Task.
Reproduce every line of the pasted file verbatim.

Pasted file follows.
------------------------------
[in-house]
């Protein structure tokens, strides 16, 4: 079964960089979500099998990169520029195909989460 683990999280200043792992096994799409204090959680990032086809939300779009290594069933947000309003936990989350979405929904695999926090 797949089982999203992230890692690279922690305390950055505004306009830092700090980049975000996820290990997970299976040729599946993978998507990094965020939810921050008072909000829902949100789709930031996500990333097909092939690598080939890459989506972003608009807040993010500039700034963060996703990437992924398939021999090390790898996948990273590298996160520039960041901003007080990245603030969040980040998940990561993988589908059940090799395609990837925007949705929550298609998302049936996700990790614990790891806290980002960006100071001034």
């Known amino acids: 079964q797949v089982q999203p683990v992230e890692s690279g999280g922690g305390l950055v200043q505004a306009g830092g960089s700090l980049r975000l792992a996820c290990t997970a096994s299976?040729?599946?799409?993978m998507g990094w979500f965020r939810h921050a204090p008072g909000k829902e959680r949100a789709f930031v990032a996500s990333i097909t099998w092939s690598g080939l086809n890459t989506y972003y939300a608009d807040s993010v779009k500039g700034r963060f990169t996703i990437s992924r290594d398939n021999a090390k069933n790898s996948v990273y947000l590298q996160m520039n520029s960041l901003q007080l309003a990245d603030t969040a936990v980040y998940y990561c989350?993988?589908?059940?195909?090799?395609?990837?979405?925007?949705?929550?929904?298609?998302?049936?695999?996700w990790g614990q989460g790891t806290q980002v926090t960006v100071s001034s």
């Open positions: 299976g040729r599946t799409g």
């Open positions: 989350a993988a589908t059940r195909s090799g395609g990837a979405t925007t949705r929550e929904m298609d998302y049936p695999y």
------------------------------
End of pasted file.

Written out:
[in-house]
């Protein structure tokens, strides 16, 4: 079964960089979500099998990169520029195909989460 683990999280200043792992096994799409204090959680990032086809939300779009290594069933947000309003936990989350979405929904695999926090 797949089982999203992230890692690279922690305390950055505004306009830092700090980049975000996820290990997970299976040729599946993978998507990094965020939810921050008072909000829902949100789709930031996500990333097909092939690598080939890459989506972003608009807040993010500039700034963060996703990437992924398939021999090390790898996948990273590298996160520039960041901003007080990245603030969040980040998940990561993988589908059940090799395609990837925007949705929550298609998302049936996700990790614990790891806290980002960006100071001034």
């Known amino acids: 079964q797949v089982q999203p683990v992230e890692s690279g999280g922690g305390l950055v200043q505004a306009g830092g960089s700090l980049r975000l792992a996820c290990t997970a096994s299976?040729?599946?799409?993978m998507g990094w979500f965020r939810h921050a204090p008072g909000k829902e959680r949100a789709f930031v990032a996500s990333i097909t099998w092939s690598g080939l086809n890459t989506y972003y939300a608009d807040s993010v779009k500039g700034r963060f990169t996703i990437s992924r290594d398939n021999a090390k069933n790898s996948v990273y947000l590298q996160m520039n520029s960041l901003q007080l309003a990245d603030t969040a936990v980040y998940y990561c989350?993988?589908?059940?195909?090799?395609?990837?979405?925007?949705?929550?929904?298609?998302?049936?695999?996700w990790g614990q989460g790891t806290q980002v926090t960006v100071s001034s």
């Open positions: 299976g040729r599946t799409g």
């Open positions: 989350a993988a589908t059940r195909s090799g395609g990837a979405t925007t949705r929550e929904m298609d998302y049936p695999y």